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Physical impacts of climate change on landslide occurrence and related 8 adaptation


Huggel, Christian; Khabarov, Nikolay; Korup, Oliver; Obersteiner, Michael (2012). Physical impacts of climate change on landslide occurrence and related 8 adaptation. In: Clague, John J; Stead, Douglas. Landslides: Types, Mechanisms and Modeling. Cambridge: Cambridge University Press, 121-133.

Abstract

This chapter provides a review on current understanding of different effects of climate change on landslides and debris flows in cold, temperate, and tropical mountains. We start with observed impacts of climate change on shallow landslides and debris flows, followed by discussions of rock-slope failures, and the physical processes that make climate an important cause and trigger of landslides. While an increase in extreme precipitation has been observed in many regions worldwide over the past decades, changes in frequency and magnitude of landslides are more difficult to identify. In high mountain regions with snow, glacier and permafrost slope stability is not only sensitive to changes in precipitation but also to changes in temperature. In the European Alps an increase of high alpine rock slope failures has been detected over the past decades and correlates to an increase in mean air temperature.
Future projections generally indicate a further increase of extreme precipitation events that are likely to go along with an increase of landslide occurrence. Seasonal variations of precipitation and earlier melt of snow imply changes of landslide seasonality. Changes in sediment supply can furthermore strongly condition debris flow frequency and magnitude as recent studies have shown. We conclude this chapter with a case study, based on a model of a landslide early warning system, that outlines the potential and limitations of adaptation to future changes in precipitation.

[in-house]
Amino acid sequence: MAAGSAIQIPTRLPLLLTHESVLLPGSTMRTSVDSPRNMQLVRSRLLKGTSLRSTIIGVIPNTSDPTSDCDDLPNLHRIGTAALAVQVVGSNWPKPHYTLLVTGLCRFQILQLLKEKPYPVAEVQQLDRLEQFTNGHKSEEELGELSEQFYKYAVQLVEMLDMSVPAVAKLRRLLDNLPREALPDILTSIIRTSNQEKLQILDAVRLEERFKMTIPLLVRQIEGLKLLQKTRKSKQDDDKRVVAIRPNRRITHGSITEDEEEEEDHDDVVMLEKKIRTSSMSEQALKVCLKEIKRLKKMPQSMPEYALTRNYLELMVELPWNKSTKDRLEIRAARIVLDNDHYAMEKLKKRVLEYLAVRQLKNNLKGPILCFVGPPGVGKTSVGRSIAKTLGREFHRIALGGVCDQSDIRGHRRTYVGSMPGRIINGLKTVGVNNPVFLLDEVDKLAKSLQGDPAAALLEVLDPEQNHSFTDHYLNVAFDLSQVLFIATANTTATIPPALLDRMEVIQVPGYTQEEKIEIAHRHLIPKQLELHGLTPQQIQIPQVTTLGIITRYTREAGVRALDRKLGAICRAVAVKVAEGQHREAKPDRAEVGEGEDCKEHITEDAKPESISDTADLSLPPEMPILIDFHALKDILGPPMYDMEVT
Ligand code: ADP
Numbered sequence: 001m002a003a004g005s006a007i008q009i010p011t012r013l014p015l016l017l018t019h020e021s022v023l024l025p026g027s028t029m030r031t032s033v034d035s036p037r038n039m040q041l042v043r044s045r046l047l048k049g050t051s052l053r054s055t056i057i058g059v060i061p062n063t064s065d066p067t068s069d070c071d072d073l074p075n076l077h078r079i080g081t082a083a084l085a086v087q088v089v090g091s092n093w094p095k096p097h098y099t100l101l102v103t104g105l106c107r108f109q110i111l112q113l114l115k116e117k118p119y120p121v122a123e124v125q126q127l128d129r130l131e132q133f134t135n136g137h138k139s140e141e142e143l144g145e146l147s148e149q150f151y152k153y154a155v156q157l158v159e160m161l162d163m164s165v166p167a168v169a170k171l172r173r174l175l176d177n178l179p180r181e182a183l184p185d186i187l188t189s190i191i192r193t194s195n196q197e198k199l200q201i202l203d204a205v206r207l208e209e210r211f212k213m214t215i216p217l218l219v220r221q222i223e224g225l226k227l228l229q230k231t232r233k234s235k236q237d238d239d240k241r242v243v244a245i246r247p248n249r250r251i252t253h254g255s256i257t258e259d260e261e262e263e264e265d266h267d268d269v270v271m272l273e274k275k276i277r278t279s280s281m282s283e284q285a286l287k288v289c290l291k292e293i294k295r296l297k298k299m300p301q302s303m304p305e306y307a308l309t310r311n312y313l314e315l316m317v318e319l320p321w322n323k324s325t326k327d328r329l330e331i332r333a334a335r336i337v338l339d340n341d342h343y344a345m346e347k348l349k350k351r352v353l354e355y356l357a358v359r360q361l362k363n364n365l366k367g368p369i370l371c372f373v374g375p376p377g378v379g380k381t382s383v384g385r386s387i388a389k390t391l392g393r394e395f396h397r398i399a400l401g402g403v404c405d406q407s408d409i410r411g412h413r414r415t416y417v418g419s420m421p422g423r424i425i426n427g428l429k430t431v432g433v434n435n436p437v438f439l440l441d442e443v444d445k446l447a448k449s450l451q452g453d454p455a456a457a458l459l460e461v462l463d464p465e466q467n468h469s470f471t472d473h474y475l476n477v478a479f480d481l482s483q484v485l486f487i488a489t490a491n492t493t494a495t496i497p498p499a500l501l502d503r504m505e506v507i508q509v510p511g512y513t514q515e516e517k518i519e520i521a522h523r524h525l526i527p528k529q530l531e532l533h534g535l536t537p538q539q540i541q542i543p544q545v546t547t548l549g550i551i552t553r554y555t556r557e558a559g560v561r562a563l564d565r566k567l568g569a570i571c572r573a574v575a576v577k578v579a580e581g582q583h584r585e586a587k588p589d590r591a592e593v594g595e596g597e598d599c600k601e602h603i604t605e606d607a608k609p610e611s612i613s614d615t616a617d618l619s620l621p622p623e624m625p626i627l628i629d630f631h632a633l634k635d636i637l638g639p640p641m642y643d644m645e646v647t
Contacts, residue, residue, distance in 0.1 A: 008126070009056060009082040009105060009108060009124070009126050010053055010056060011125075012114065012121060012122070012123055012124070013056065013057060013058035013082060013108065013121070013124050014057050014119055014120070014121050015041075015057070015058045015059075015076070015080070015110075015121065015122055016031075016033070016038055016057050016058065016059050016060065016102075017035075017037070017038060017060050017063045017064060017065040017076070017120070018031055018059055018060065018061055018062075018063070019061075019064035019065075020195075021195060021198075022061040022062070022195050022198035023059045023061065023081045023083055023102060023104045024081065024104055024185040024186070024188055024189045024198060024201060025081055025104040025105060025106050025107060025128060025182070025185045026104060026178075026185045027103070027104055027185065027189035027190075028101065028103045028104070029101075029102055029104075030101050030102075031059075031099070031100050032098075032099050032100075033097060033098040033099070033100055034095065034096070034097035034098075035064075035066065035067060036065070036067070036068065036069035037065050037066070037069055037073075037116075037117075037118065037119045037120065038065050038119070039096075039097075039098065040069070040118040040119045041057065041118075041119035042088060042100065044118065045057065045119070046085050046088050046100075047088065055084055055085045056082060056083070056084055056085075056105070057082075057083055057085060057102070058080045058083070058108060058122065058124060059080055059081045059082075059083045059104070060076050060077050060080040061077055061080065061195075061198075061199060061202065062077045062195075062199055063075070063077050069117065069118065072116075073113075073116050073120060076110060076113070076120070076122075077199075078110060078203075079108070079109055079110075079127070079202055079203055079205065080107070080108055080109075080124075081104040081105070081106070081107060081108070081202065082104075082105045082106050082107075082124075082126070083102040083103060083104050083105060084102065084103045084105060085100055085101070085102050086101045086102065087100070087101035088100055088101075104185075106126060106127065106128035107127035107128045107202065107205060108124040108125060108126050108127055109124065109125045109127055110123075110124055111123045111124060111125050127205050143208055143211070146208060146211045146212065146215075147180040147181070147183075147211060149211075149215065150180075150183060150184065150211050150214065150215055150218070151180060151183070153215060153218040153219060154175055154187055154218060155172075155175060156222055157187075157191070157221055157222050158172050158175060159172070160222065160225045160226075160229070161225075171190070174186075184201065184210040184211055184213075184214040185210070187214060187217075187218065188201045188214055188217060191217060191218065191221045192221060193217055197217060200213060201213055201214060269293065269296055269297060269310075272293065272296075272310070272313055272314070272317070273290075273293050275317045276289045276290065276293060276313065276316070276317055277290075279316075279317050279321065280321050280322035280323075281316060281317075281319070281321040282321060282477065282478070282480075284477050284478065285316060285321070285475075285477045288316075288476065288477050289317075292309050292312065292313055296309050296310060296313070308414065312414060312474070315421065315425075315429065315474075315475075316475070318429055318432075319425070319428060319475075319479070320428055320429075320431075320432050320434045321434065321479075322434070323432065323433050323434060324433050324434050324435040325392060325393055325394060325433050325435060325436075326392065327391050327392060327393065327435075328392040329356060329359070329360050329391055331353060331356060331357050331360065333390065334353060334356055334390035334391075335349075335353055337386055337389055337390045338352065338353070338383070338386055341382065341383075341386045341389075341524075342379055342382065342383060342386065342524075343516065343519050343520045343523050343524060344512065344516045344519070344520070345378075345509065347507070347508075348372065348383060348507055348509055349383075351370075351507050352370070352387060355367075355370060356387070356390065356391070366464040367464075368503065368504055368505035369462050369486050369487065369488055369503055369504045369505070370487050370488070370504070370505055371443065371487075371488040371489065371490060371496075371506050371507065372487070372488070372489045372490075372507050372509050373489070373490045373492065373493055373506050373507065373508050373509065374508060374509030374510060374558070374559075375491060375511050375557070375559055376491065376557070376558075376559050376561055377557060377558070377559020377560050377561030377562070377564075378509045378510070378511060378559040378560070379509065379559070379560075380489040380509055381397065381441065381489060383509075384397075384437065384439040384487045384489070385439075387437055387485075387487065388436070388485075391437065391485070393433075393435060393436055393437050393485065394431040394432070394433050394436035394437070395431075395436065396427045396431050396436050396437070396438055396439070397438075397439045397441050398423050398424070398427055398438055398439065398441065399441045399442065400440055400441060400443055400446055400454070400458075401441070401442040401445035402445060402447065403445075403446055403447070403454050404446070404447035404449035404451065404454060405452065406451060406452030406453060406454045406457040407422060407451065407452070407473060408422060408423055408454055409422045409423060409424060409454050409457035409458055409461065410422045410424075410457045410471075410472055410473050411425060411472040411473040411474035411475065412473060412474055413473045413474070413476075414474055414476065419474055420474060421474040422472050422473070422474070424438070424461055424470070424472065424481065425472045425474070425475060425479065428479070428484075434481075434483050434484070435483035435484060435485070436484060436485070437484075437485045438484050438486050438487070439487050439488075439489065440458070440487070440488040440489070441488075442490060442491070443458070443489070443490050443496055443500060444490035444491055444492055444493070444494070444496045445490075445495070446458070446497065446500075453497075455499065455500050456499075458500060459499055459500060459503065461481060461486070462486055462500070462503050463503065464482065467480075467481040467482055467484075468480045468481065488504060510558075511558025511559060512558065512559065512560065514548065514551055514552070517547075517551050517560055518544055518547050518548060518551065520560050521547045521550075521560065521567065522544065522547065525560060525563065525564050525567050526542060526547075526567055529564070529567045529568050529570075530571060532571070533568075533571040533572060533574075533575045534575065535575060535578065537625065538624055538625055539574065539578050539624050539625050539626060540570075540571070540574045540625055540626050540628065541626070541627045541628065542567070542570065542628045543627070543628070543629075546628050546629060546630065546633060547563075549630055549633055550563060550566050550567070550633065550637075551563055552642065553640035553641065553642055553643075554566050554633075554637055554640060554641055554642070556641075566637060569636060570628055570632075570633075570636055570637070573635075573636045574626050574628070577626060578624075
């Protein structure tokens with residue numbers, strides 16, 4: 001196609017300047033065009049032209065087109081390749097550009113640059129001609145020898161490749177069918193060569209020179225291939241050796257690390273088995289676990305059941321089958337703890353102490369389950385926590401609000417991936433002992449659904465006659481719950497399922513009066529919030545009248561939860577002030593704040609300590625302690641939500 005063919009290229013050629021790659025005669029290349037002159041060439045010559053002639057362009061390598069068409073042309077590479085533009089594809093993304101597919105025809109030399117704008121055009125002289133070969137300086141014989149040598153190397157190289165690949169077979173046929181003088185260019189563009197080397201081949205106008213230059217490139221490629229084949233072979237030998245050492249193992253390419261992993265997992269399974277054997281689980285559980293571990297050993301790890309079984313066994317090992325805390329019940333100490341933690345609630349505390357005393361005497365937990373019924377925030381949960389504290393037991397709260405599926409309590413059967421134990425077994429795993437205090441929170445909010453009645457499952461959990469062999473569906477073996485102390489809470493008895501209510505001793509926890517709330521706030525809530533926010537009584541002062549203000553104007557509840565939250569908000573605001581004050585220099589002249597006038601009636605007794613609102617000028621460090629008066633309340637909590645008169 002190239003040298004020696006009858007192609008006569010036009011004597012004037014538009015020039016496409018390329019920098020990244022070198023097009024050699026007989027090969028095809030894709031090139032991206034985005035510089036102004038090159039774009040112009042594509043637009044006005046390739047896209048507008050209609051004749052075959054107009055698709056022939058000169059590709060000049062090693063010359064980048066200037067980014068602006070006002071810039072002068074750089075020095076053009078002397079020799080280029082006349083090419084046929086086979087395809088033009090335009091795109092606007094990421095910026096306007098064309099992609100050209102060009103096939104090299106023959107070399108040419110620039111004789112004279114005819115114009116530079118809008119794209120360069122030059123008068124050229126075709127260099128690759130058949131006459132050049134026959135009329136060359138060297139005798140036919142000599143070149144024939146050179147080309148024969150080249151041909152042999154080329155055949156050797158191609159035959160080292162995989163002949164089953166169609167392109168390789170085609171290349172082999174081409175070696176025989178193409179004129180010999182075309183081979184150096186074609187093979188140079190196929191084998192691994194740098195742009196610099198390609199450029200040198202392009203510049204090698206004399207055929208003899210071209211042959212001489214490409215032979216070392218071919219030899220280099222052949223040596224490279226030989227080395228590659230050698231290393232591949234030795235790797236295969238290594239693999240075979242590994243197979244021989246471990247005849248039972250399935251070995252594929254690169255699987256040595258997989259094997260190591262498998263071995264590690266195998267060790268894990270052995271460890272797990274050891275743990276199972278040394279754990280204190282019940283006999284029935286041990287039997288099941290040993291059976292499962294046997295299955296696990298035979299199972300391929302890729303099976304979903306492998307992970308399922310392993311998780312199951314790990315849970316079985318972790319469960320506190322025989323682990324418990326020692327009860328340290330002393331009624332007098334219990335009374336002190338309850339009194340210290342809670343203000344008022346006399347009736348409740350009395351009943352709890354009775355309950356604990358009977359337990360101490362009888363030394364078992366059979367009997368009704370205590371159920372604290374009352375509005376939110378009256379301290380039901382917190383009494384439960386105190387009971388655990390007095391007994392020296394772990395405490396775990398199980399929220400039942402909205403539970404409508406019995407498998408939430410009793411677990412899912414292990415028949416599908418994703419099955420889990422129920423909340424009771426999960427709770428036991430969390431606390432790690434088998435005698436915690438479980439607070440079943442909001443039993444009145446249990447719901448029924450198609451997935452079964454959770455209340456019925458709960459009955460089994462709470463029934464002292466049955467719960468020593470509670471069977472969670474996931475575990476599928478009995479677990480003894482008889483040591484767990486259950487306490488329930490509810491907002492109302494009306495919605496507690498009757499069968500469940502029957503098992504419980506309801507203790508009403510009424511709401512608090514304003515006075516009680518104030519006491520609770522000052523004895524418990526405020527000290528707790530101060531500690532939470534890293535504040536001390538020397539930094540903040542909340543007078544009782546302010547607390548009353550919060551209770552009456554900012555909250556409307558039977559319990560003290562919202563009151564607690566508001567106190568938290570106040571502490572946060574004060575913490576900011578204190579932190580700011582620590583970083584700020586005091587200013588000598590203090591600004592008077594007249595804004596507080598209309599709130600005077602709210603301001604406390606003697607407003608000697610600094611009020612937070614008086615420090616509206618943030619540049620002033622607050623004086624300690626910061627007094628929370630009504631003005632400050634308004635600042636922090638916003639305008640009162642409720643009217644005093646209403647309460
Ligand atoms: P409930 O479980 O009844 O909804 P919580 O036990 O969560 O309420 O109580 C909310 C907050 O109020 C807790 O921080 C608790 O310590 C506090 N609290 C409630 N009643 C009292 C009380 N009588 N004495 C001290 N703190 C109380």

This chapter provides a review on current understanding of different effects of climate change on landslides and debris flows in cold, temperate, and tropical mountains. We start with observed impacts of climate change on shallow landslides and debris flows, followed by discussions of rock-slope failures, and the physical processes that make climate an important cause and trigger of landslides. While an increase in extreme precipitation has been observed in many regions worldwide over the past decades, changes in frequency and magnitude of landslides are more difficult to identify. In high mountain regions with snow, glacier and permafrost slope stability is not only sensitive to changes in precipitation but also to changes in temperature. In the European Alps an increase of high alpine rock slope failures has been detected over the past decades and correlates to an increase in mean air temperature.
Future projections generally indicate a further increase of extreme precipitation events that are likely to go along with an increase of landslide occurrence. Seasonal variations of precipitation and earlier melt of snow imply changes of landslide seasonality. Changes in sediment supply can furthermore strongly condition debris flow frequency and magnitude as recent studies have shown. We conclude this chapter with a case study, based on a model of a landslide early warning system, that outlines the potential and limitations of adaptation to future changes in precipitation.

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Additional indexing

Item Type:Book Section, not refereed, original work
Communities & Collections:07 Faculty of Science > Institute of Geography
Dewey Decimal Classification:910 Geography & travel
Language:English
Date:2012
Deposited On:28 Dec 2012 10:33
Last Modified:05 Apr 2016 16:11
Publisher:Cambridge University Press
ISBN:978-1-107-00206-7
Additional Information:Copyright: Cambridge University Press
Related URLs:http://www.cambridge.org/us/knowledge/isbn/item6680995/Landslides/?site_locale=en_US (Publisher)
http://opac.nebis.ch/F/?local_base=NEBIS&CON_LNG=GER&func=find-b&find_code=SYS&request=006987115
Permanent URL: https://doi.org/10.5167/uzh-68356

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